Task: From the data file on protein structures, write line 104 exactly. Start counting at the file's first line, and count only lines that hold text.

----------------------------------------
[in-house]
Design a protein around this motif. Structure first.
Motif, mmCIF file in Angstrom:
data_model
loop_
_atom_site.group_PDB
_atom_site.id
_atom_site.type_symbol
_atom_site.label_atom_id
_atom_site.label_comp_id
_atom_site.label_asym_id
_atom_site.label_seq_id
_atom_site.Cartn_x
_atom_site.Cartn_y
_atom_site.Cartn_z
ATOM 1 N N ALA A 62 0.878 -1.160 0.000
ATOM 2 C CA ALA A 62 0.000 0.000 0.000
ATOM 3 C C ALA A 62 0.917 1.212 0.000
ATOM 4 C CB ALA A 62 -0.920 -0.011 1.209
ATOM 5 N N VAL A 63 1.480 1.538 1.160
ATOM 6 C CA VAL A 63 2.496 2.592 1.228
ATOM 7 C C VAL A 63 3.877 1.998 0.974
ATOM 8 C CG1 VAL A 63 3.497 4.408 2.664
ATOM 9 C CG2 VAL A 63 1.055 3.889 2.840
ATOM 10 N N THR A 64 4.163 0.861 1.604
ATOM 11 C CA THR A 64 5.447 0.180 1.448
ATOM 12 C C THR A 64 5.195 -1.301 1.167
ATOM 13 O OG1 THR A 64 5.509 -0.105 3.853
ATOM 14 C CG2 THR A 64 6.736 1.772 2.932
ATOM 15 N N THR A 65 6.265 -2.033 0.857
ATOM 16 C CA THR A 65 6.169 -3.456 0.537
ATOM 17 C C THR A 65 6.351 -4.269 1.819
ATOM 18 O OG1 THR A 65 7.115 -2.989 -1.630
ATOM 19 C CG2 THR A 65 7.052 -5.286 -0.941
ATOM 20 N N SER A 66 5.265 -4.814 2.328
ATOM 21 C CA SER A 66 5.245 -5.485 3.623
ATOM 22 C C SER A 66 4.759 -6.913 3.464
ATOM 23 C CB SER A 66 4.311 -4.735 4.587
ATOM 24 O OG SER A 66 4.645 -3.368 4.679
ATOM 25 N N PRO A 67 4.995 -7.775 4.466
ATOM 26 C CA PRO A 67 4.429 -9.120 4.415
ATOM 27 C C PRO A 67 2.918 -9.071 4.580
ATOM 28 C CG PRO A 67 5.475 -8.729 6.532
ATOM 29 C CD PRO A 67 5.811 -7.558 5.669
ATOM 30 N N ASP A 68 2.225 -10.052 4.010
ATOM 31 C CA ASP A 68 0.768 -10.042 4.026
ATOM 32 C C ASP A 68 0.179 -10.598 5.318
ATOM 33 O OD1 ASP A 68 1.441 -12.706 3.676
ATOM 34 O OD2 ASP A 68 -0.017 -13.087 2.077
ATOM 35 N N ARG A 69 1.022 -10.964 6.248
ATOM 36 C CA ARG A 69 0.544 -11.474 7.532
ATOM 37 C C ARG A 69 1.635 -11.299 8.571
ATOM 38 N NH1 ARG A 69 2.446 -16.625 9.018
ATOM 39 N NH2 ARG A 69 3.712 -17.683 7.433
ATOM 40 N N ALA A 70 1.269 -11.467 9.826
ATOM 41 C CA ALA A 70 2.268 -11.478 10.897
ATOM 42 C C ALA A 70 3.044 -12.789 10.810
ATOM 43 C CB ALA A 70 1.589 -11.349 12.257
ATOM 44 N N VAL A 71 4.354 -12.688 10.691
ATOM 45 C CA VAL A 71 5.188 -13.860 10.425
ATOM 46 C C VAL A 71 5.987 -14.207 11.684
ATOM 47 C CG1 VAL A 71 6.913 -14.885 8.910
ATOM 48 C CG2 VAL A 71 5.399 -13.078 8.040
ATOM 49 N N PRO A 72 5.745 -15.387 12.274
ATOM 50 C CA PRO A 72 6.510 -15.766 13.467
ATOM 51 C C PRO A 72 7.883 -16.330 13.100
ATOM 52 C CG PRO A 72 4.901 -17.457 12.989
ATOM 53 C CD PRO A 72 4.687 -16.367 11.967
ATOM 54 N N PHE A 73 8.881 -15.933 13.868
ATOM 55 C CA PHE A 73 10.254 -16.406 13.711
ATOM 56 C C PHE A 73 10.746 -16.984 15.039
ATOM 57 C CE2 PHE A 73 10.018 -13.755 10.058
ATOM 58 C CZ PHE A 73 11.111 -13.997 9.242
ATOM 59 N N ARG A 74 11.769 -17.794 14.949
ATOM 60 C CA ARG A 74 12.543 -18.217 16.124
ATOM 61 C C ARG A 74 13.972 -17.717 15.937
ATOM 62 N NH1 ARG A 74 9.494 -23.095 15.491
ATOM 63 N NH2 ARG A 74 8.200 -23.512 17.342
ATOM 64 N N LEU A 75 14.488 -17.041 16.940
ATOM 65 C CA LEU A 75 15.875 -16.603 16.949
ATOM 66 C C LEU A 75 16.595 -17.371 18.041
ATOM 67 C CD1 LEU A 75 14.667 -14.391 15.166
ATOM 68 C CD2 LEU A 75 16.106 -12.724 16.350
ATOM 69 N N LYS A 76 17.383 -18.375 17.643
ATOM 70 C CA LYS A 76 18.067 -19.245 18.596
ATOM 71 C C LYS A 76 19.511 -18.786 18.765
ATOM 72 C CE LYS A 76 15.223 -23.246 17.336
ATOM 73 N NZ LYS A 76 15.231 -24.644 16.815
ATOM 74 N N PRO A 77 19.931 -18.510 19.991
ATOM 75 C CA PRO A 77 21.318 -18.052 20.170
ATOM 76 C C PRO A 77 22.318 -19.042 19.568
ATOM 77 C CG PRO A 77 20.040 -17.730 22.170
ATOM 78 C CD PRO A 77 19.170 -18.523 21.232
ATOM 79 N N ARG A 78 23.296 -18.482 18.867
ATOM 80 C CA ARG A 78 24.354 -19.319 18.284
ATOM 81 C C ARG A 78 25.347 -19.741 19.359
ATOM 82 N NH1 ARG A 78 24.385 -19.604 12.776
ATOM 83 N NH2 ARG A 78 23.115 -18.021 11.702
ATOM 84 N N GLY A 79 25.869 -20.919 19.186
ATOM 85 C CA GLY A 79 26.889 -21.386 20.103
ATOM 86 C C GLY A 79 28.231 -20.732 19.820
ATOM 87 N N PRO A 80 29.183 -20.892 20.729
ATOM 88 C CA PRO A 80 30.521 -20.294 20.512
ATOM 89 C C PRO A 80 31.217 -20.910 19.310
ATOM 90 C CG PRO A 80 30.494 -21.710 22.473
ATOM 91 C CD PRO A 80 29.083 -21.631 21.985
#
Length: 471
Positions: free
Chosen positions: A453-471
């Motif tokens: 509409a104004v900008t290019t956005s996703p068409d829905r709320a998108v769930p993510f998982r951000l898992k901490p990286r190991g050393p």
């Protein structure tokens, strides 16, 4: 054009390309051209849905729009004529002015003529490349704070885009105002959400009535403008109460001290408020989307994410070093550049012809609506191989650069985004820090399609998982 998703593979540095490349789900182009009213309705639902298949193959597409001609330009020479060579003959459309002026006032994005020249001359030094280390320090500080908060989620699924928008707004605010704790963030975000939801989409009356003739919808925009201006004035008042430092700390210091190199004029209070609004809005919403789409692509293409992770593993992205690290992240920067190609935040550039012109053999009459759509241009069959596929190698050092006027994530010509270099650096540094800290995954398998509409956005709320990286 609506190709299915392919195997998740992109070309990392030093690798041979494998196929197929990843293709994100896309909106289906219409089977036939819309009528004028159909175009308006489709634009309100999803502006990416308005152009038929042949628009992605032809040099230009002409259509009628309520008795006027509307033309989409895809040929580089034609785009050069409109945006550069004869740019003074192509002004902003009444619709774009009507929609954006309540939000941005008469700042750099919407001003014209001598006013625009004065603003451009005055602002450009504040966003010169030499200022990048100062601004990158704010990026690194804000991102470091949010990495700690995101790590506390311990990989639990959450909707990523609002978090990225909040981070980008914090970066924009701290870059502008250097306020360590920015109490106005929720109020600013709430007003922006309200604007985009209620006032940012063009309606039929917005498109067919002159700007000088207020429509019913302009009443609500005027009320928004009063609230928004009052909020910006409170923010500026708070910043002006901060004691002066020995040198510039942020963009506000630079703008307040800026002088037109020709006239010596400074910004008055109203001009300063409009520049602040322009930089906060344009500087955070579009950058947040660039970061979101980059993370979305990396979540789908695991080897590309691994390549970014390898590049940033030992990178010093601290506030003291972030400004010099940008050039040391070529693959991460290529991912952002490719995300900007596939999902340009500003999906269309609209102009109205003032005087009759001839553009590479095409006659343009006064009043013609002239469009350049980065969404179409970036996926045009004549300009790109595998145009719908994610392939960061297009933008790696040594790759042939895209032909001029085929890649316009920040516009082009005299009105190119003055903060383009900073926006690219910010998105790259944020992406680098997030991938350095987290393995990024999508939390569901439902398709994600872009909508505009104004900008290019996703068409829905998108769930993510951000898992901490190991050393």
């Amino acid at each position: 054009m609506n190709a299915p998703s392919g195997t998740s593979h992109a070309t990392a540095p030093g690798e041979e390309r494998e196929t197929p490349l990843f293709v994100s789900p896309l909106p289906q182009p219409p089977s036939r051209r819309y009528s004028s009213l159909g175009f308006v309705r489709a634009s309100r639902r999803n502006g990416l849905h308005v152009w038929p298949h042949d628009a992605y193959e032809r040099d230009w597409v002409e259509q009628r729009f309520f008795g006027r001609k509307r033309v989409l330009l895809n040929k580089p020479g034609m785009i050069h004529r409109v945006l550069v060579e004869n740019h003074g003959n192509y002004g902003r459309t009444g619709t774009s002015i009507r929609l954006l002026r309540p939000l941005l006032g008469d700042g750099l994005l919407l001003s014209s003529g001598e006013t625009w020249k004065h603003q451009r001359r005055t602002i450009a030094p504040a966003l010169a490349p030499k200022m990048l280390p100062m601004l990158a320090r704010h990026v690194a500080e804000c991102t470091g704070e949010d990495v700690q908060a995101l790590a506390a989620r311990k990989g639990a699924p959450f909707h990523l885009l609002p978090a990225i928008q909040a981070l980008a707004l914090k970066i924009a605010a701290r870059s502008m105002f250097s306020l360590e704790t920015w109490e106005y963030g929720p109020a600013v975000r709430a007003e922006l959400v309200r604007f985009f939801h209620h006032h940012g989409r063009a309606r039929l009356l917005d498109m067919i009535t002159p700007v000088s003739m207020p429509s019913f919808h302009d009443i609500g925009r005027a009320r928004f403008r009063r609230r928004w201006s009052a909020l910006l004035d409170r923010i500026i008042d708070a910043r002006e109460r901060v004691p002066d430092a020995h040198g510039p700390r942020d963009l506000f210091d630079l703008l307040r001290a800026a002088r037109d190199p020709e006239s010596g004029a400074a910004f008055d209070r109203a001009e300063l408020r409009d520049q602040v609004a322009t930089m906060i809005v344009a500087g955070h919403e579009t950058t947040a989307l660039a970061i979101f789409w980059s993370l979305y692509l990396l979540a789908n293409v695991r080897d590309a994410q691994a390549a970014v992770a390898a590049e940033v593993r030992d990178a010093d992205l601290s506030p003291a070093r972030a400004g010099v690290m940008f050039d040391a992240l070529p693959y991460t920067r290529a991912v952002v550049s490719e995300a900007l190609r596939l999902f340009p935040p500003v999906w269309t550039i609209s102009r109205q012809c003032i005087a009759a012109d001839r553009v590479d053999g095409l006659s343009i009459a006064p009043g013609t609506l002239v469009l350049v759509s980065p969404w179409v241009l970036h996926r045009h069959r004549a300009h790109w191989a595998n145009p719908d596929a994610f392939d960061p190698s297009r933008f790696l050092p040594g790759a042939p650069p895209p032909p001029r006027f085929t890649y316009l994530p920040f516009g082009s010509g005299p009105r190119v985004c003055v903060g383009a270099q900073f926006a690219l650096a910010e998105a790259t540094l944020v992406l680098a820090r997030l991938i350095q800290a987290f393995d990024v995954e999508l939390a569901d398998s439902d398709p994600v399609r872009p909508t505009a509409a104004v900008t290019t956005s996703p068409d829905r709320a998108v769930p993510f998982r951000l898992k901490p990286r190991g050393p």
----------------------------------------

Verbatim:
ATOM 89 C C PRO A 80 31.217 -20.910 19.310